Spiras Hatiras, president and CEO on Holyoke Medical Center (HMC), concurred. In remarks made to HCN’s sister publication, BusinessWest, for its annual Economic Outlook, he spoke of both challenge and opportunity, on several fronts, but especially when it comes to workforce issues.
The ongoing workforce crisis, while it has impacted all sectors, has put healthcare providers, and especially hospitals, at an extreme disadvantage, especially when it comes to nursing and the need to fill vacancies with contract or ‘travel’ nurses, which can cost two or three times what a staff nurse might, Hatiras noted.
“In healthcare, there is a great deal of concern, and the most concerning part is the continuing shortage of personnel, which has created this market for temporary staffing at rates that are truly outrageous,” he said. “To put things in perspective, we have about 20 nurses on temporary staff that we get through agencies. Those 20 nurses, on an annual basis, cost us $5 million; each nurse costs us $250,000 because the rates are exorbitant — the nurses get a lot of money, but there’s also a middleman that makes untold amounts of money from this crisis.
“As a nation, the federal government is doing a lot of things — they did some things with railroad workers, they’re helping Ukraine, they’re talking about a lot of things. They should have stepped in and regulated this and said, ‘the pandemic created a tremendous amount of shortage; we cannot allow private companies to go out and profit from that shortage of staffing and bring hospitals to their knees.’ With all this, it’s going to be very difficult for hospitals to cope, and that’s why all our strategy centers around finding a way to attract nurses here.”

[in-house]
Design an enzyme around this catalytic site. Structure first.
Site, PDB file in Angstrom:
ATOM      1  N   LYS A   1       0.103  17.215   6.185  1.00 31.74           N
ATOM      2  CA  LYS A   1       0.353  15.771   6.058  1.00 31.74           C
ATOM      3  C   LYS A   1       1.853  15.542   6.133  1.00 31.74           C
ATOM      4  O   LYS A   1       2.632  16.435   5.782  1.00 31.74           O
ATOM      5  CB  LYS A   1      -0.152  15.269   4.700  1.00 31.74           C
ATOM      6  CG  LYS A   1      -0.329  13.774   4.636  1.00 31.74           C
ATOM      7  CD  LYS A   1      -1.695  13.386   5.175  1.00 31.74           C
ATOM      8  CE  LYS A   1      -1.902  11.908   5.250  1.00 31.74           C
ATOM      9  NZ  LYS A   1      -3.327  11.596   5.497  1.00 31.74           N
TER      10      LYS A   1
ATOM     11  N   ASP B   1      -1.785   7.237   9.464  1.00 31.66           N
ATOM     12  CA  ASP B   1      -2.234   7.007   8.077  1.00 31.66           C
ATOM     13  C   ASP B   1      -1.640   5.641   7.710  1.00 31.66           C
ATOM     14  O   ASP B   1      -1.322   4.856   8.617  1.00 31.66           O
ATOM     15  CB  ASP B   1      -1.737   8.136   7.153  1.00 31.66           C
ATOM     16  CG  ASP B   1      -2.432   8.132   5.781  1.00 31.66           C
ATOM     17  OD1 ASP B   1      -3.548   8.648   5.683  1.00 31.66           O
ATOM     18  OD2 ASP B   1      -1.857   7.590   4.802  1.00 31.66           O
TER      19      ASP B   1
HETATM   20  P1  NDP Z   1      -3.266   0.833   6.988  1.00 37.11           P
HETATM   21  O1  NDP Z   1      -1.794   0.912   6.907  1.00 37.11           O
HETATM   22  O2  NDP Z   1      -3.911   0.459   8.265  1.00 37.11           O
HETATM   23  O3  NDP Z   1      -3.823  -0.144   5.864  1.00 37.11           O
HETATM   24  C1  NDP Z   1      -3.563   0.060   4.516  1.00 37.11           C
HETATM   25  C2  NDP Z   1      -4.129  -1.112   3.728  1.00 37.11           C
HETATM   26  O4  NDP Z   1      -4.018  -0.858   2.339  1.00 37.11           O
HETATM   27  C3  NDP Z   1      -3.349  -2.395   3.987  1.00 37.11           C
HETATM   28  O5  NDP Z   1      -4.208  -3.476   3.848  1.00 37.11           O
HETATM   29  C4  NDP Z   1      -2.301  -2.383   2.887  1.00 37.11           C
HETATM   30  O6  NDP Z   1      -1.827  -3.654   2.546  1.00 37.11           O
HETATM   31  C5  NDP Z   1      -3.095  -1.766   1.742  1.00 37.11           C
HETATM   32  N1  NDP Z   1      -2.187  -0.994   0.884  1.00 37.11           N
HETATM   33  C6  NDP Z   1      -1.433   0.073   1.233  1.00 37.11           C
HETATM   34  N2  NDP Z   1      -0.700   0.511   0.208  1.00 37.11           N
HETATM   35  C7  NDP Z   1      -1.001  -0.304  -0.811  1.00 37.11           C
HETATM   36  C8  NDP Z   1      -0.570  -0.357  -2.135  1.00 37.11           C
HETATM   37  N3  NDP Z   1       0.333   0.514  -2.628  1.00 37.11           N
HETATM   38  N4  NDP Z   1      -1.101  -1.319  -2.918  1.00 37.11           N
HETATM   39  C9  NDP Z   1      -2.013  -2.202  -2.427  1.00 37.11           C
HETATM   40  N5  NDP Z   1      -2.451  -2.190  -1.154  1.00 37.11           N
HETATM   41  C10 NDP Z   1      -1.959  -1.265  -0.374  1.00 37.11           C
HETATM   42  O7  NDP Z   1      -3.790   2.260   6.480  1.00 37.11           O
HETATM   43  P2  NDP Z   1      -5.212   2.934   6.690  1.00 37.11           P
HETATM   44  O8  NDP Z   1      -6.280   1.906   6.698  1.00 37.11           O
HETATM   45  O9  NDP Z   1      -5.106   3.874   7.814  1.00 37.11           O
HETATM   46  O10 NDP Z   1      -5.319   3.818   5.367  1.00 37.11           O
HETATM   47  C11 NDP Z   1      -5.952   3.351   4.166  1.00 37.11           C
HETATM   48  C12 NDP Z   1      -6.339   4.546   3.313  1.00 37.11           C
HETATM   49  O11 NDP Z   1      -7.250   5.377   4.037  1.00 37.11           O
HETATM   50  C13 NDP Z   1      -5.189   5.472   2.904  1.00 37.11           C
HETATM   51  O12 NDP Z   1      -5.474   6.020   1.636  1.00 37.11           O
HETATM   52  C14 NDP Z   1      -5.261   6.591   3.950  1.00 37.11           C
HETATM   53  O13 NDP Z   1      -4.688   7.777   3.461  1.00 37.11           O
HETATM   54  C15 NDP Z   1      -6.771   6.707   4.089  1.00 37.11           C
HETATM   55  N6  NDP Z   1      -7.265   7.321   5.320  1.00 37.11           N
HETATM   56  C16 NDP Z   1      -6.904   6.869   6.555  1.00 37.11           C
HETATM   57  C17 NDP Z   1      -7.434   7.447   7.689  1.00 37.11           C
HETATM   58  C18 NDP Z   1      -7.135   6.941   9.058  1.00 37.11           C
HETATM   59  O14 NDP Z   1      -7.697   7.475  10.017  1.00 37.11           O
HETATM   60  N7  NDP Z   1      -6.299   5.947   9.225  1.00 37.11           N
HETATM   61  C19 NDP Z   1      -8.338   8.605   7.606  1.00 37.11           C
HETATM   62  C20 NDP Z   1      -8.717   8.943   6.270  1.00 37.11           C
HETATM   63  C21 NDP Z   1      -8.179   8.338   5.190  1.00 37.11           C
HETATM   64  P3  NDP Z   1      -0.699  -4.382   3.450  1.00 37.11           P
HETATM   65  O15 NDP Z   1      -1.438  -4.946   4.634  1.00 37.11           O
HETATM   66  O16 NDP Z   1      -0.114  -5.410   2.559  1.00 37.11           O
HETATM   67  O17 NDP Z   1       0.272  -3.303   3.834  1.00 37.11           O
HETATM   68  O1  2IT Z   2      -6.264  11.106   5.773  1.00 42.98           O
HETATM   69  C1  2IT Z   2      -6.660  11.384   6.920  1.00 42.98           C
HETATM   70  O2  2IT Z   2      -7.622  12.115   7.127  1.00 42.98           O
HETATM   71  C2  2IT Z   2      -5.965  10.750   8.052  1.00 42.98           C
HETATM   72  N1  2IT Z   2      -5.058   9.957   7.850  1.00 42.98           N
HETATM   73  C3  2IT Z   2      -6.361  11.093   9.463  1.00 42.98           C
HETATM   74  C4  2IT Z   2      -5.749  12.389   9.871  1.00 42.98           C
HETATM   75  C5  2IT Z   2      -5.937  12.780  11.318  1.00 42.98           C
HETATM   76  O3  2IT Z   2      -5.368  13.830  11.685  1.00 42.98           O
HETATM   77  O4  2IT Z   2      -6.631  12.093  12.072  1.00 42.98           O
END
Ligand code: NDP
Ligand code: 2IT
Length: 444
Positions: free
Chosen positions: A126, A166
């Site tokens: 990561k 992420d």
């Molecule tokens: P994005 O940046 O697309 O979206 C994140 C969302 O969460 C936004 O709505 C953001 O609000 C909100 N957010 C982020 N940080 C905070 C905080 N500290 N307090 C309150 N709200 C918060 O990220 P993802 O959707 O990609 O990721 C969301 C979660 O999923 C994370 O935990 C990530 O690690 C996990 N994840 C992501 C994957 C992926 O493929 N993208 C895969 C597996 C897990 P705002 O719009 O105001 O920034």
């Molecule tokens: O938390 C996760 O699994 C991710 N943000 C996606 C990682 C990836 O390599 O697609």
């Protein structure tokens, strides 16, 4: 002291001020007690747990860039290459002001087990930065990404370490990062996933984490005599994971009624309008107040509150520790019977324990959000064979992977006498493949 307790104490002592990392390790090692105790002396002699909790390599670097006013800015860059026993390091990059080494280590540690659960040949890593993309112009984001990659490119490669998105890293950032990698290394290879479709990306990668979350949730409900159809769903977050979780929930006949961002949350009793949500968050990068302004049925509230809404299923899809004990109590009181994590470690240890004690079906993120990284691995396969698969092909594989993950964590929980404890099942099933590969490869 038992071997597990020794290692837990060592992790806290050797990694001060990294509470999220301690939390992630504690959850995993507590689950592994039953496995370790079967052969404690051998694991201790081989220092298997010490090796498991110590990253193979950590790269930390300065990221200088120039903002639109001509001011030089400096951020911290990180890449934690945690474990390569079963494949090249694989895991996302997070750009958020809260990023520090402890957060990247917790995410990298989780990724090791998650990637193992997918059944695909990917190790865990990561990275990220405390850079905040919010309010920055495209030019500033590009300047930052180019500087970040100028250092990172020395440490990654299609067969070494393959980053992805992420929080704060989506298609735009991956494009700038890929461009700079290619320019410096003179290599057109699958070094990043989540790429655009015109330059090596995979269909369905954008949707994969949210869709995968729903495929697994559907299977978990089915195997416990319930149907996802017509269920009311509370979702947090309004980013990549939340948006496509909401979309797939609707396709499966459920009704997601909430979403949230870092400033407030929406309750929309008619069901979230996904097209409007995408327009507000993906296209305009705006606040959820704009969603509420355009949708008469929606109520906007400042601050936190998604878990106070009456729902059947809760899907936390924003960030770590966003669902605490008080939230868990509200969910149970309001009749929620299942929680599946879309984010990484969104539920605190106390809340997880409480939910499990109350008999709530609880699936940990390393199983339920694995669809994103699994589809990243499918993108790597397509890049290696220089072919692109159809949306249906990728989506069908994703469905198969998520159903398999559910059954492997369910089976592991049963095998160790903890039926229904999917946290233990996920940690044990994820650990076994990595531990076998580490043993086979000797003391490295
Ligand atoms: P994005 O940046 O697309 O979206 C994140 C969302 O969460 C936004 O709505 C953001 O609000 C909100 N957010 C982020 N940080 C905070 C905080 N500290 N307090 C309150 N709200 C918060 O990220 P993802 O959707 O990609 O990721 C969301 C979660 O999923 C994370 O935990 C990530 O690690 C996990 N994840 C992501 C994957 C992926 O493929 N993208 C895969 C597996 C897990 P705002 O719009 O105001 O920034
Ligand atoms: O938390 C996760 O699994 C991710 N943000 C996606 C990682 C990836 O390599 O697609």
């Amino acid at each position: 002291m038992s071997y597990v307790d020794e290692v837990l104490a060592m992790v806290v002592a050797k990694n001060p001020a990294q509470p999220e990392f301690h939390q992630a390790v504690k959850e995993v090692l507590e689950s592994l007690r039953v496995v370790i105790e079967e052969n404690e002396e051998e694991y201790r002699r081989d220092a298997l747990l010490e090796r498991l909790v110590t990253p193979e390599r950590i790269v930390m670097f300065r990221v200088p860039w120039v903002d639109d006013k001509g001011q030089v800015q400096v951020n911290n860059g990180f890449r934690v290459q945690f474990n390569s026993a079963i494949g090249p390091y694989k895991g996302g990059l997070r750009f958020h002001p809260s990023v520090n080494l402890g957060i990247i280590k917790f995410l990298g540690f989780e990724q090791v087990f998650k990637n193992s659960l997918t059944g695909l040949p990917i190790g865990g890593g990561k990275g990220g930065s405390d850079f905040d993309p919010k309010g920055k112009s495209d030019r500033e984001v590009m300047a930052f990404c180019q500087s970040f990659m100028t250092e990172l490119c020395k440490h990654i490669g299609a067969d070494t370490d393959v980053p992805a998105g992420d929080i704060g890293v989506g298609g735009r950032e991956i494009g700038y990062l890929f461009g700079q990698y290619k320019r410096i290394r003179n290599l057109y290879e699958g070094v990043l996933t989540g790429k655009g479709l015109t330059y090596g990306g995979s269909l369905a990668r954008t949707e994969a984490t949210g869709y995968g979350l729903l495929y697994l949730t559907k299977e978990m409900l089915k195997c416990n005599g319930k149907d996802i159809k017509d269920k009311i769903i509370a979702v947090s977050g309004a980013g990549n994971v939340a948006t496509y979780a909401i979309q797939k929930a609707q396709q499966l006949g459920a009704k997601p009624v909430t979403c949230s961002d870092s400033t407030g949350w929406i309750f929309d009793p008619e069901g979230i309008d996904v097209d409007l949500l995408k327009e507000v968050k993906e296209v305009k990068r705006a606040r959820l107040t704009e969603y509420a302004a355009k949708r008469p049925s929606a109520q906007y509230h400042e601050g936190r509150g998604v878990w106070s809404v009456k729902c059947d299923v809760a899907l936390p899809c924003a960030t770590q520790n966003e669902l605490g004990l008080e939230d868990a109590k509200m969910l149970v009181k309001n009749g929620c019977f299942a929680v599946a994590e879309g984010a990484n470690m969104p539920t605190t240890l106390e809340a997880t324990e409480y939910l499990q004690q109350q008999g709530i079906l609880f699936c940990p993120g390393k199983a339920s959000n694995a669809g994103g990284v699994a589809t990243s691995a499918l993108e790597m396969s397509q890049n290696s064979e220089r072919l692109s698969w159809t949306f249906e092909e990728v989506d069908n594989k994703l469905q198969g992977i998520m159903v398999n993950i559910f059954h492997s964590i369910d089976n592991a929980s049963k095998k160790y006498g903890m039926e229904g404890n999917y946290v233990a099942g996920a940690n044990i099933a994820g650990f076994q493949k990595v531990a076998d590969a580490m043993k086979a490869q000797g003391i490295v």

In healthcare, there is a great deal of concern, and the most concerning part is the continuing shortage of personnel, which has created this market for temporary staffing at rates that are truly outrageous.”Spiros Hatiras
For this issue, HCN takes an in-depth look at the fiscal challenges facing hospitals today, and what must happen for these institutions to weather this severe storm.
Dollars and Sense
When asked how hospitals arrived at this inflection point, as he called it, Roose said it was a combination of factors, but, as he and others noted earlier, it comes down to an exacerbation of, to borrow an industry term, some pre-existing conditions.
These include a trend toward outpatient, rather than inpatient, care, which certainly impacts overall revenues, and also shortages on the workforce front, which increase the cost of doing business in many ways, and sharp rises in prices of … well, just about everything, from medications to PPE.
“We’ve been dealing with the aftershocks of one of the most significant public-health crises of our time,” Roose explained. “And it occurred at a point where many shifts in healthcare were already underway, including a shift from inpatient care toward the delivery of care in a lower-cost outpatient, ambulatory setting where the trends of consumers, our patients, were beginning to change, but where the reimbursement for those services had not been able to keep up with those changes. This was layered on top of an existing healthcare-workforce shortage.